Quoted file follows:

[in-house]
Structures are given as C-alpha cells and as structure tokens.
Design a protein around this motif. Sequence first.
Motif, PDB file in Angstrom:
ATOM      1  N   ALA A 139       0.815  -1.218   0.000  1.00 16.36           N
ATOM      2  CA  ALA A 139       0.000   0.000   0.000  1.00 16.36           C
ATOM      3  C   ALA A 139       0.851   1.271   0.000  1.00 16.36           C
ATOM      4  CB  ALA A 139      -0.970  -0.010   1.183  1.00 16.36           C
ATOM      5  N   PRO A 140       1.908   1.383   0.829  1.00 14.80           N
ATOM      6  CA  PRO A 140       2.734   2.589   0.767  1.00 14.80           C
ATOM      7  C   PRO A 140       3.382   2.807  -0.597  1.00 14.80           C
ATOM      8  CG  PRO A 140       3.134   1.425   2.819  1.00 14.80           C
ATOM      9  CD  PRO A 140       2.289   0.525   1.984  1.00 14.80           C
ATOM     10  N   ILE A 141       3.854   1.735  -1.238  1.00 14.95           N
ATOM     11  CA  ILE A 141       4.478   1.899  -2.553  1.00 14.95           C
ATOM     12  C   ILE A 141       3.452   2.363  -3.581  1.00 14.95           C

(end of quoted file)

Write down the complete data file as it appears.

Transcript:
[in-house]
Structures are given as C-alpha cells and as structure tokens.
Design a protein around this motif. Sequence first.
Motif, PDB file in Angstrom:
ATOM      1  N   ALA A 139       0.815  -1.218   0.000  1.00 16.36           N
ATOM      2  CA  ALA A 139       0.000   0.000   0.000  1.00 16.36           C
ATOM      3  C   ALA A 139       0.851   1.271   0.000  1.00 16.36           C
ATOM      4  CB  ALA A 139      -0.970  -0.010   1.183  1.00 16.36           C
ATOM      5  N   PRO A 140       1.908   1.383   0.829  1.00 14.80           N
ATOM      6  CA  PRO A 140       2.734   2.589   0.767  1.00 14.80           C
ATOM      7  C   PRO A 140       3.382   2.807  -0.597  1.00 14.80           C
ATOM      8  CG  PRO A 140       3.134   1.425   2.819  1.00 14.80           C
ATOM      9  CD  PRO A 140       2.289   0.525   1.984  1.00 14.80           C
ATOM     10  N   ILE A 141       3.854   1.735  -1.238  1.00 14.95           N
ATOM     11  CA  ILE A 141       4.478   1.899  -2.553  1.00 14.95           C
ATOM     12  C   ILE A 141       3.452   2.363  -3.581  1.00 14.95           C